nanoFramework.Device.OneWire 1.4.8

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.NET Framework
dotnet add package nanoFramework.Device.OneWire --version 1.4.8
NuGet\Install-Package nanoFramework.Device.OneWire -Version 1.4.8
This command is intended to be used within the Package Manager Console in Visual Studio, as it uses the NuGet module's version of Install-Package.
<PackageReference Include="nanoFramework.Device.OneWire" Version="1.4.8" />
For projects that support PackageReference, copy this XML node into the project file to reference the package.
paket add nanoFramework.Device.OneWire --version 1.4.8
#r "nuget: nanoFramework.Device.OneWire, 1.4.8"
#r directive can be used in F# Interactive, C# scripting and .NET Interactive. Copy this into the interactive tool or source code of the script to reference the package.
// Install nanoFramework.Device.OneWire as a Cake Addin
#addin nuget:?package=nanoFramework.Device.OneWire&version=1.4.8

// Install nanoFramework.Device.OneWire as a Cake Tool
#tool nuget:?package=nanoFramework.Device.OneWire&version=1.4.8

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Welcome to the .NET nanoFramework 1-Wire® Class Library repository

Build status

Component Build Status NuGet Package
nanoFramework.Device.OneWire Build Status NuGet

1-Wire® bus

1-Wire® it's a communication protocol, property of Maxim Semiconductor. You can read the technical details about it on this guide.

.NET nanoFramework implementation

Our low level implementation of the 1-Wire communication uses an UART to achieve precise timing with the less possible burden on the MCU. For that reason it requires an UART and shunting together it's RX and TX pins. Depending on the bus length and impedance it may be required connecting an external pull-up resistor to provide the necessary signalling for 1-Wire communication.

Important: If you're using an ESP32 device it's mandatory to configure the UART2 pins before creating the OneWireHost. To do that, you have to add a reference to nanoFramework.Hardware.ESP32. In the code snippet below we're assigning GPIOs 21 and 22 to UART2. Also note that UART2 it's referred as COM3 in C#.

////////////////////////////////////////////////////////////////////////
// Configure pins 21 and 22 to be used in UART2 (that's refered as COM3)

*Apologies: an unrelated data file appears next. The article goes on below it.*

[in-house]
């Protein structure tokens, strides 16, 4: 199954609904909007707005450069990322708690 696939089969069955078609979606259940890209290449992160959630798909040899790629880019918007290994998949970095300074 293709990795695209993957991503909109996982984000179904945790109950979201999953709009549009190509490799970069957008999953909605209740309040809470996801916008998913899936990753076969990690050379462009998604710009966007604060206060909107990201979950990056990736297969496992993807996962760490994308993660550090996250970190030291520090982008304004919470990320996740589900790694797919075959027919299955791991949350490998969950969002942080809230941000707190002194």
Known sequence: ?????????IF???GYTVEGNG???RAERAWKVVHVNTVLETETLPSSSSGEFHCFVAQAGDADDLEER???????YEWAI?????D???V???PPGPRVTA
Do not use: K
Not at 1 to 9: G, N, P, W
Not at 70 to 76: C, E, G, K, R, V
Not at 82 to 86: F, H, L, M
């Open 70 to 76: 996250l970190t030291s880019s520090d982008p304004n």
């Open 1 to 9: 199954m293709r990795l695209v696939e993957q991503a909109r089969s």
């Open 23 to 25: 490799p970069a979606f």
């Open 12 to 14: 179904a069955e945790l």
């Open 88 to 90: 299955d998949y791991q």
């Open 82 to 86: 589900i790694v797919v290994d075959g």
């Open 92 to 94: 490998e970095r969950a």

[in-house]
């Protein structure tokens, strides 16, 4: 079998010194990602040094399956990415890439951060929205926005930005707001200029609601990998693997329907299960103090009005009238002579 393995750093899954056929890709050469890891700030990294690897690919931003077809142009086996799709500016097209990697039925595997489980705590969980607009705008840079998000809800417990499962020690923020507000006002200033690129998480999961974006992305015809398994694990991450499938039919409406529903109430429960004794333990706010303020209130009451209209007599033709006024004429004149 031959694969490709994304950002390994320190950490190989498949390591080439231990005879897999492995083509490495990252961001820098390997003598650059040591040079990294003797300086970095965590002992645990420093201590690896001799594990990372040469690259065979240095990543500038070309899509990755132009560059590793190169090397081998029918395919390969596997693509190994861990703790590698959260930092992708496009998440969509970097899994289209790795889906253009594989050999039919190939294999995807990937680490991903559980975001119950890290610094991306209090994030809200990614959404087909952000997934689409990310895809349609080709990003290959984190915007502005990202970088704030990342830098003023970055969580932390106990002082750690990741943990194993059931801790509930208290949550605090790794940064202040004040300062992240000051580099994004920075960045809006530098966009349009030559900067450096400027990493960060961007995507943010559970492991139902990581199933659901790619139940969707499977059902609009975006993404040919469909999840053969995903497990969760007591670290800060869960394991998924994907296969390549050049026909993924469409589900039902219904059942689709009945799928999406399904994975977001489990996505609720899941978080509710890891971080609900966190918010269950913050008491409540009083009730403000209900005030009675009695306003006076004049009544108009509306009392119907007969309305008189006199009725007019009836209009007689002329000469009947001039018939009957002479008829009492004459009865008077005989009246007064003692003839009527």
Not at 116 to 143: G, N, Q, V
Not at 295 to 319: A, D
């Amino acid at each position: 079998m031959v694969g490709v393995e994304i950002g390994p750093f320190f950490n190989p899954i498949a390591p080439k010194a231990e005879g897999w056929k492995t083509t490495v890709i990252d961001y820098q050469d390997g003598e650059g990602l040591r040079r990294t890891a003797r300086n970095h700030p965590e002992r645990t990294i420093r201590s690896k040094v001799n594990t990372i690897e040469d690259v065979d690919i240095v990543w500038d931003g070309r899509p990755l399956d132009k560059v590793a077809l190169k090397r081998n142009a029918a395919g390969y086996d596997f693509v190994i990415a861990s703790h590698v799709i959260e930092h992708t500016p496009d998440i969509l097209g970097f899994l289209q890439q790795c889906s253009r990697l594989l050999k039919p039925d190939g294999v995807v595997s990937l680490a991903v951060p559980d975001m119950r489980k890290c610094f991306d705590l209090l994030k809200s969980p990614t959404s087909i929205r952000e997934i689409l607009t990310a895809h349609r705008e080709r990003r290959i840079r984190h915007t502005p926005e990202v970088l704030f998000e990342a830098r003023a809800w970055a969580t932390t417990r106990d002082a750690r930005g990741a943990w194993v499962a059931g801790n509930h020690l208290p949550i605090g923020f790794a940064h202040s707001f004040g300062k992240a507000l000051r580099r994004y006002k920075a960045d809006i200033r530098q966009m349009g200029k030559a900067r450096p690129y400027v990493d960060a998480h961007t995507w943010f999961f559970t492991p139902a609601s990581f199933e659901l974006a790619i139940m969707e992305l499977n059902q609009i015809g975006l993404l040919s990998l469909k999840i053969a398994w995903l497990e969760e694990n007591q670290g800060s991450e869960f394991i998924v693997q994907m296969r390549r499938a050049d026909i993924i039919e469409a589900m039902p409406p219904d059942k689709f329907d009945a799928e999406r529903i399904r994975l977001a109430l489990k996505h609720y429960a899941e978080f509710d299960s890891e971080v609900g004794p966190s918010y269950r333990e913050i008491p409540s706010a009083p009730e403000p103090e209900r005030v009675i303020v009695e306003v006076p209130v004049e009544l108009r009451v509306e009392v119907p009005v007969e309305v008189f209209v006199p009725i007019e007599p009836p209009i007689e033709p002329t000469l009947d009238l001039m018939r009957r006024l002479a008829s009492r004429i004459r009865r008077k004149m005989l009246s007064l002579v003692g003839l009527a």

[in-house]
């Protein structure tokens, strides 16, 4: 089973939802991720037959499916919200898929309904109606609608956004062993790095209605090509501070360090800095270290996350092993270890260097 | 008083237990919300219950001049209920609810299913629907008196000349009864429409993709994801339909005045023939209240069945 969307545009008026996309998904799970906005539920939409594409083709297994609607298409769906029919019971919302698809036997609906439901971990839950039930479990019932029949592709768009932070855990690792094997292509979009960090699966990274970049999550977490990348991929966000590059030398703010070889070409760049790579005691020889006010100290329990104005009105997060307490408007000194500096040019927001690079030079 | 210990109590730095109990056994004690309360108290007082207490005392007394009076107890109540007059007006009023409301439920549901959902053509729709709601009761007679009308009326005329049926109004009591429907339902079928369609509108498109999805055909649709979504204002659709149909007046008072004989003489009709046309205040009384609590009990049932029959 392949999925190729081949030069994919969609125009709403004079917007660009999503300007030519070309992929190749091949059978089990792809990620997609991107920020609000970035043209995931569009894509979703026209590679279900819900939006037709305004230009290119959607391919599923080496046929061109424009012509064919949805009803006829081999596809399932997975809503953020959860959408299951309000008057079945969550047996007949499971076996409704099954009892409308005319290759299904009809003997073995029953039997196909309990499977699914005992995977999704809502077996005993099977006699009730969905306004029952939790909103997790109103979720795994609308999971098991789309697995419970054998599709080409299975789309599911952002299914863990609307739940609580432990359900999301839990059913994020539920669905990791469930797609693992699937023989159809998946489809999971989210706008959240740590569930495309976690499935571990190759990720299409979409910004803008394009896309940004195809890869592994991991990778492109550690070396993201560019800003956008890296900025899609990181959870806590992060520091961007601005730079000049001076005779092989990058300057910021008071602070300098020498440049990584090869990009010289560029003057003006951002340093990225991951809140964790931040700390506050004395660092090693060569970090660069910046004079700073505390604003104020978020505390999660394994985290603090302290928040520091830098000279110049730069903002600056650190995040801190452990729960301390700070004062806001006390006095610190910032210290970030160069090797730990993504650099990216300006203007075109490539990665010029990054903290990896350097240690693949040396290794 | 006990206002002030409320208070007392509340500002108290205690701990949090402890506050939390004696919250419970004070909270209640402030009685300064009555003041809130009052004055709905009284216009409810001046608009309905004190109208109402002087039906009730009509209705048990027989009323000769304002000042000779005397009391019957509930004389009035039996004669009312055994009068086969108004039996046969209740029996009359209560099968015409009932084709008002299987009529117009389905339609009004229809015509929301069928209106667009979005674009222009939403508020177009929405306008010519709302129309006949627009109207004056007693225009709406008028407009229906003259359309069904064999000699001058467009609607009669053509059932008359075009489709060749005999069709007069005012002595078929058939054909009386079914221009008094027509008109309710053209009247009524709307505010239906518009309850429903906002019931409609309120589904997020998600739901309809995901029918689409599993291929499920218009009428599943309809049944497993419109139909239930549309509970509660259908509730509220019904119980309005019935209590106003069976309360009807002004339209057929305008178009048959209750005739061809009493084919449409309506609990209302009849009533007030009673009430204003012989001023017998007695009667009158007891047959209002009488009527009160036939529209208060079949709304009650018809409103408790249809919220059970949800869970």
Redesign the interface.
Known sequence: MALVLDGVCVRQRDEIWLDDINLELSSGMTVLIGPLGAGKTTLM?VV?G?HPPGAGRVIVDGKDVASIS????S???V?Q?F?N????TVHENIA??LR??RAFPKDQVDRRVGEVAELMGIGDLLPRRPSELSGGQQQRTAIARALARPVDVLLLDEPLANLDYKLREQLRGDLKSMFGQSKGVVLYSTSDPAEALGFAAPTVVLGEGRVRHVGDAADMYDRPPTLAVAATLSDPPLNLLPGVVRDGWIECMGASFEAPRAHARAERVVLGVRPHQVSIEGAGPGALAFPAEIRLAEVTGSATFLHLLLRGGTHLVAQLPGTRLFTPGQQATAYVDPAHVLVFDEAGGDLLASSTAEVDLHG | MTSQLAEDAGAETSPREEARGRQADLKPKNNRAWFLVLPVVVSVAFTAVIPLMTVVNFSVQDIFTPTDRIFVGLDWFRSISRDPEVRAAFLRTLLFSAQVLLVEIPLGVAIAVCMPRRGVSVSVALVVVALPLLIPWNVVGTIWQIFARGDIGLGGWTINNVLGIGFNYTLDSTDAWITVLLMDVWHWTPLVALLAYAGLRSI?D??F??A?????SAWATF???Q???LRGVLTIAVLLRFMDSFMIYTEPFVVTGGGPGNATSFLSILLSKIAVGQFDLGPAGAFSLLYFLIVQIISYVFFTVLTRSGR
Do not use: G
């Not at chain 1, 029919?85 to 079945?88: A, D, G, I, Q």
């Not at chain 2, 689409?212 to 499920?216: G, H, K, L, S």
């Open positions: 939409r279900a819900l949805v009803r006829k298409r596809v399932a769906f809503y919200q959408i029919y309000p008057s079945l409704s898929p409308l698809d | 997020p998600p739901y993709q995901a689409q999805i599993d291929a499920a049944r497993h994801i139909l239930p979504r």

Configuration.SetPinFunction(21, DeviceFunction.COM3_RX);
Configuration.SetPinFunction(22, DeviceFunction.COM3_TX);

Take note, on some ESP32 development kits, the pins you're planning on using for UART2 could be used for internal purposes. For example, development kits based on either ESP32-WROOM-32 or ESP32-WROVER-E can have the same pinouts and silkscreen. If the kit is based on ESP32-WROVER-E the GPIOs 17 and 16 are used to address its extended memory (PSRAM), and cannot be used for other purposes, event though they are present as external pins. You can use any other GPIO pins that's free for UART2 pins using Configuration.SetPinFunction.

For other devices, like STM32 ones, there is no need to configure the GPIO pins. You have to find in the respective device documentation what are the UART pins used for 1-Wire.

Usage examples

To connect to a 1-Wire bus and perform operations with the connected devices, one has to first instantiate the OneWireHost.

OneWireHost _OneWireHost = new OneWireHost();

To find the first device connected to the 1-Wire bus, and perform a reset on the bus before performing the search, the following call should be made:

_OneWireHost.FindFirstDevice(true, false);

To write a byte with the value 0x44 to the connected device:

_OneWireHost.WriteByte(0x44);

To get a list with the serial number of all the 1-Wire devices connected to the bus:

var deviceList = _OneWireHost.FindAllDevices();

foreach(byte[] device in deviceList)
{
    string serial = "";

    foreach (byte b in device)
    {
        serial += b.ToString("X2");
    }

    Console.WriteLine($"{serial}");
}

Feedback and documentation

For documentation, providing feedback, issues and finding out how to contribute please refer to the Home repo.

Join our Discord community here.

Credits

The list of contributors to this project can be found at CONTRIBUTORS.

License

The nanoFramework Class Libraries are licensed under the MIT license.

Code of Conduct

This project has adopted the code of conduct defined by the Contributor Covenant to clarify expected behaviour in our community. For more information see the .NET Foundation Code of Conduct.

.NET Foundation

This project is supported by the .NET Foundation.

Product Versions
.NET Framework net
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Learn more about Target Frameworks and .NET Standard.

NuGet packages (2)

Showing the top 2 NuGet packages that depend on nanoFramework.Device.OneWire:

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nanoFramework.Iot.Device.Ds18b20 The ID prefix of this package has been reserved for one of the owners of this package by NuGet.org.

This package includes the .NET IoT Core binding Iot.Device.Ds18b20 for .NET nanoFramework C# projects.

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Drivers for MikroElektronika Click boards on nanoFramework.

GitHub repositories (2)

Showing the top 2 popular GitHub repositories that depend on nanoFramework.Device.OneWire:

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nanoframework/Samples
🍬 Code samples from the nanoFramework team used in testing, proof of concepts and other explorational endeavours
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📦 This repo includes .NET nanoFramework implementations for various sensors, chips, displays, hats and drivers
Version Downloads Last updated
1.4.8 317 12/22/2022
1.4.5 91 12/22/2022
1.3.4 1,655 3/29/2022
1.3.4-preview.17 73 3/28/2022
1.3.4-preview.15 74 3/17/2022
1.3.4-preview.14 67 3/14/2022
1.3.4-preview.13 138 2/25/2022